The Glory of a Rare Medieval Hebrew Bible

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A remarkable testament to the cross-cultural influences in the Golden Age of medieval Spain, this splendid illuminated Hebrew Bible is an exceptionally important exemplar of medieval book arts and literary culture. Dating from the first half of the 14th century in Castile, it features lavishly painted borders and intricately penned micrographic decoration. One of only three complete decorated Hebrew Bibles from Spain to come to auction in the past century, this extraordinary work also bears the distinction of being one of only six such manuscripts held in private hands. Click ahead to discover the story behind this rare Hebrew Bible.

Important Judaica
20 December | New York

The Glory of a Rare Medieval Hebrew Bible

  • Collaboration
    A manuscript project of such immense scope and quality represents the collective efforts of craftsmen, artists and scribes, including a parchmenter (an artisan who prepared the parchment), a principal scribe (sofer), an illuminator, a vocalizer (nakdan) who added vowel marks to the text, a masorator (masran) responsible for detailed marginal notes to ensure the correct transmission of the text, and a bookbinder. Most, but not necessarily all of these masters were Jews.



     



    Important Judaica
    20 December | New York

  • Scribe
     



    In Hebrew manuscripts, the scribe was responsible not only for copying the text but also for planning the book’s layout and design. Throughout this work, the main hand is consistent, indicating that the biblical text was copied by a single scribe – a project that would have taken him approximately one year to complete. After the scribe finished the text, the vowels were added by a vocalizer using a very finely-cut pen, in this case in an ink that is warmer in colour.



     



    Important Judaica
    20 December | New York

  • Micrography
     



    Micrography is an embellishment whereby an expert scribe fashions minute script into ornamental patterns. In this work, the copyist has used the text of the Masorah penned in the margins to create decorative designs on the pages of the codex. This volume is profusely adorned with elaborate floral and geometric micrographic ornamentation.



     



     



    Important Judaica
    20 December | New York

  • Size and Format
    Certain physical features of this codex allow scholars to determine its date and place of origin. Bibles from Castile are relatively broad, and tend toward a square or nearly square format. The arrangement of this volume’s text columns is also notable – in earlier periods, their text was arranged in two columns, not in three as would later become the norm in Spain. This volume exhibits both traits, thereby supporting its localization and dating to Castile in the first half of the 14th century.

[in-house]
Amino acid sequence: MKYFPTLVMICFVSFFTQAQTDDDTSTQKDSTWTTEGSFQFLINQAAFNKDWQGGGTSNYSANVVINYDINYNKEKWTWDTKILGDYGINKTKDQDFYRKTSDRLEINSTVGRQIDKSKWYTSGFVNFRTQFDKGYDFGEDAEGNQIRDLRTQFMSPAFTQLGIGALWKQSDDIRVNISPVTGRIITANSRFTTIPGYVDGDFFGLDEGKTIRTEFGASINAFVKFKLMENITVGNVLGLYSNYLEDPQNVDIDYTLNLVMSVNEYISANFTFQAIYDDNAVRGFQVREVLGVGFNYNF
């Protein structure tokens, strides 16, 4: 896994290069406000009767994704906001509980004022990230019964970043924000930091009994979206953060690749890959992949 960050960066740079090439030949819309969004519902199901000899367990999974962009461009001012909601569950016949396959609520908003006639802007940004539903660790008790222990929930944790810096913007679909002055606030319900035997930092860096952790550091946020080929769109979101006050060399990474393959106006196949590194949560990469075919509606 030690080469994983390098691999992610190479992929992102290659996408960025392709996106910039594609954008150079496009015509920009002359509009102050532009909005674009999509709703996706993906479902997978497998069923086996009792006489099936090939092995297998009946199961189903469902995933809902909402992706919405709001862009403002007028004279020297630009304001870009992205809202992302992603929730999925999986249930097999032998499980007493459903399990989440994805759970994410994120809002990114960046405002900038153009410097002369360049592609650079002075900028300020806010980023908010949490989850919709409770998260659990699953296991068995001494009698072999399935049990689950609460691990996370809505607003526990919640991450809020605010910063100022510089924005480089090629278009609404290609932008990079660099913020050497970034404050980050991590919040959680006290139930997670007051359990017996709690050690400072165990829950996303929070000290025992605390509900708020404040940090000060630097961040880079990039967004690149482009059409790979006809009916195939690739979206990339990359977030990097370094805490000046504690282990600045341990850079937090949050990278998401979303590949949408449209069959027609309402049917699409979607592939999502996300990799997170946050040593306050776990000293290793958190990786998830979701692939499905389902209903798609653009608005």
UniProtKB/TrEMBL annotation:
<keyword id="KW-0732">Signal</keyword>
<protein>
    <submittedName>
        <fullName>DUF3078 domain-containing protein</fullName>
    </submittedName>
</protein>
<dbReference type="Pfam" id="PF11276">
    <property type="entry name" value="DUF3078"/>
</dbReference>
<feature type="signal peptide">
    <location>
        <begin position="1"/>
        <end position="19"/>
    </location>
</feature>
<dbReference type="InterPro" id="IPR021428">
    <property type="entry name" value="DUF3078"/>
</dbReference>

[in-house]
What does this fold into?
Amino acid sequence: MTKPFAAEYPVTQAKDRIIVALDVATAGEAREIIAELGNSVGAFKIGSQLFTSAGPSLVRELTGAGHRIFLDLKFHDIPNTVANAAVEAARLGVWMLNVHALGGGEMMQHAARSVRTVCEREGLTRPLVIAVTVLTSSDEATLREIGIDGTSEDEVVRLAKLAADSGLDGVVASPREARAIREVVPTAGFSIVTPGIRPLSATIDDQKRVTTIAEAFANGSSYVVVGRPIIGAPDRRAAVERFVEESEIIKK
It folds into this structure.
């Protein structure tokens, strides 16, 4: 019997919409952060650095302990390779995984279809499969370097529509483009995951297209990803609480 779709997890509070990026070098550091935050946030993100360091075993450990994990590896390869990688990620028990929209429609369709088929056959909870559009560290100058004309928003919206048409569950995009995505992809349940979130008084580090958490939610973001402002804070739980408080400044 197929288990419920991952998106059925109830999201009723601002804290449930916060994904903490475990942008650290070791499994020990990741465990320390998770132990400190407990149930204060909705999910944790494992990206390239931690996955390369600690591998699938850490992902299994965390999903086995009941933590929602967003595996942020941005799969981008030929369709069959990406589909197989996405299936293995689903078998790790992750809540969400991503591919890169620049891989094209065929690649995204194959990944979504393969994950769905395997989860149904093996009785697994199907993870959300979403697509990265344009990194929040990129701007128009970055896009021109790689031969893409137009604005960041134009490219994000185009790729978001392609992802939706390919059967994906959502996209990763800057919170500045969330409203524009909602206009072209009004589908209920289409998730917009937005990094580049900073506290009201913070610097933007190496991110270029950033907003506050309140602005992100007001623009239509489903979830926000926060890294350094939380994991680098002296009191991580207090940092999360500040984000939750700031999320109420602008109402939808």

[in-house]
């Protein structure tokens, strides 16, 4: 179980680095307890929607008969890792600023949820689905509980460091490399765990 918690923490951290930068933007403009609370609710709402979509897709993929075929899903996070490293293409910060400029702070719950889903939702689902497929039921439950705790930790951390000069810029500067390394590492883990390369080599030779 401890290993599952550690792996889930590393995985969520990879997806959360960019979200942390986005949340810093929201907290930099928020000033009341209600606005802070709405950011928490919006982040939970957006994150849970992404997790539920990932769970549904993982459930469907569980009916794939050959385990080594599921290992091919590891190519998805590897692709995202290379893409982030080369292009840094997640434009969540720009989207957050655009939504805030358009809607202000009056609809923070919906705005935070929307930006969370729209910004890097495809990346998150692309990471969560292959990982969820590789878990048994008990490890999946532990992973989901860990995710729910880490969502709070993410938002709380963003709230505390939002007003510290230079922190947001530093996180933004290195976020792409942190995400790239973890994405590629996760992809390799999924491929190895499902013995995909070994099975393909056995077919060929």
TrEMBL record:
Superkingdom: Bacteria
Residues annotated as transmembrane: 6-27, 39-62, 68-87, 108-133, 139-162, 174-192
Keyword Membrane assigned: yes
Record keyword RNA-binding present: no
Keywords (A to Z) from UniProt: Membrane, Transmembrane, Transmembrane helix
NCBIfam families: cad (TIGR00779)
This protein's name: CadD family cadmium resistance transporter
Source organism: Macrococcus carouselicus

Important Judaica
    20 December | New York

  • Parchment
    The parchment prepared for this volume is extremely fine, smooth, even, and bright with no blemishes. Its quality is similar to that used for contemporary fine European illustrated manuscripts.



     



    Important Judaica
    20 December | New York

  • Illumination
    Within the text, the principal scribe left spaces for the addition of illumination, the application of gold leaf to further adorn the manuscript. The illuminator, whose work is in a Gothic style, added frames around the first sixteen pages, alternating between raised and flat work, and also included initial word panels for some of the biblical books at the beginning of the volume (Genesis through Joshua). 



     



    Important Judaica
    20 December | New York

  • Decoration and Islamic Influence
    Even though illuminated Hebrew Bibles created in Spain were produced after the Christian reconquest (circa 1085–1249) in cities and towns under Christian rule, their decoration is dominated by a visual language that was shared throughout the Islamic world. Strapwork, interlace, and knot patterns are all found in Christian, Islamic and Jewish manuscripts and book bindings. This manuscript’s lavish painted and micrographic decoration reflects the artistic interactions between the different cultures of medieval Iberia, a phenomenon referred to as convivencia, or cultural coexistence.



     



    Important Judaica
    20 December | New York

  • Figuration
    The near total absence of narrative and figurative images in the vast majority of Hebrew Bibles from Spain is particularly striking and mirrors the Islamic tradition for the illumination of Qur’ans. Interestingly, this Bible is mainly faithful to that practice, except for a few stylized human faces incorporated into the decorative scheme of the final folios at the end of the manuscript – one of its remarkable features.



     



     



    Important Judaica
    20 December | New York

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